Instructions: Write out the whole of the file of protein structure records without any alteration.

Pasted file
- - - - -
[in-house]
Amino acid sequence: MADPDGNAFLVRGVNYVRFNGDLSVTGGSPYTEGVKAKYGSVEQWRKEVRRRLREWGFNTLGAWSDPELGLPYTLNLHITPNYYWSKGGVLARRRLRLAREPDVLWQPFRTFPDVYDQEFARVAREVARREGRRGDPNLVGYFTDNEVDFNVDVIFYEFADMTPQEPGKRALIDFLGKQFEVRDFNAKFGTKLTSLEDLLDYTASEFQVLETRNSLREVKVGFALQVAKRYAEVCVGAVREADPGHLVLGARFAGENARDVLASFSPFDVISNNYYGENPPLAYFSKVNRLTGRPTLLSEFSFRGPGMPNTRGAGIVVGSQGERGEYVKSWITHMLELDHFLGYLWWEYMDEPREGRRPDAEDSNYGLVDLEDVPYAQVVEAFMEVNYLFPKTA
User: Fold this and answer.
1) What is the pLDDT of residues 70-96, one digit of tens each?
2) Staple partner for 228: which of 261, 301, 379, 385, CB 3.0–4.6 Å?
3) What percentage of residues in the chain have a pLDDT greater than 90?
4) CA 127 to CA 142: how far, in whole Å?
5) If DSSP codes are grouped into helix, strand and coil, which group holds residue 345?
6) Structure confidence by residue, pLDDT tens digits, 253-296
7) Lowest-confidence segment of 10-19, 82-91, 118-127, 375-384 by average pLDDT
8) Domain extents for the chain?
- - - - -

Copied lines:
[in-house]
Amino acid sequence: MADPDGNAFLVRGVNYVRFNGDLSVTGGSPYTEGVKAKYGSVEQWRKEVRRRLREWGFNTLGAWSDPELGLPYTLNLHITPNYYWSKGGVLARRRLRLAREPDVLWQPFRTFPDVYDQEFARVAREVARREGRRGDPNLVGYFTDNEVDFNVDVIFYEFADMTPQEPGKRALIDFLGKQFEVRDFNAKFGTKLTSLEDLLDYTASEFQVLETRNSLREVKVGFALQVAKRYAEVCVGAVREADPGHLVLGARFAGENARDVLASFSPFDVISNNYYGENPPLAYFSKVNRLTGRPTLLSEFSFRGPGMPNTRGAGIVVGSQGERGEYVKSWITHMLELDHFLGYLWWEYMDEPREGRRPDAEDSNYGLVDLEDVPYAQVVEAFMEVNYLFPKTA
User: Fold this and answer.
1) What is the pLDDT of residues 70-96, one digit of tens each?
2) Staple partner for 228: which of 261, 301, 379, 385, CB 3.0–4.6 Å?
3) What percentage of residues in the chain have a pLDDT greater than 90?
4) CA 127 to CA 142: how far, in whole Å?
5) If DSSP codes are grouped into helix, strand and coil, which group holds residue 345?
6) Structure confidence by residue, pLDDT tens digits, 253-296
7) Lowest-confidence segment of 10-19, 82-91, 118-127, 375-384 by average pLDDT
8) Domain extents for the chain?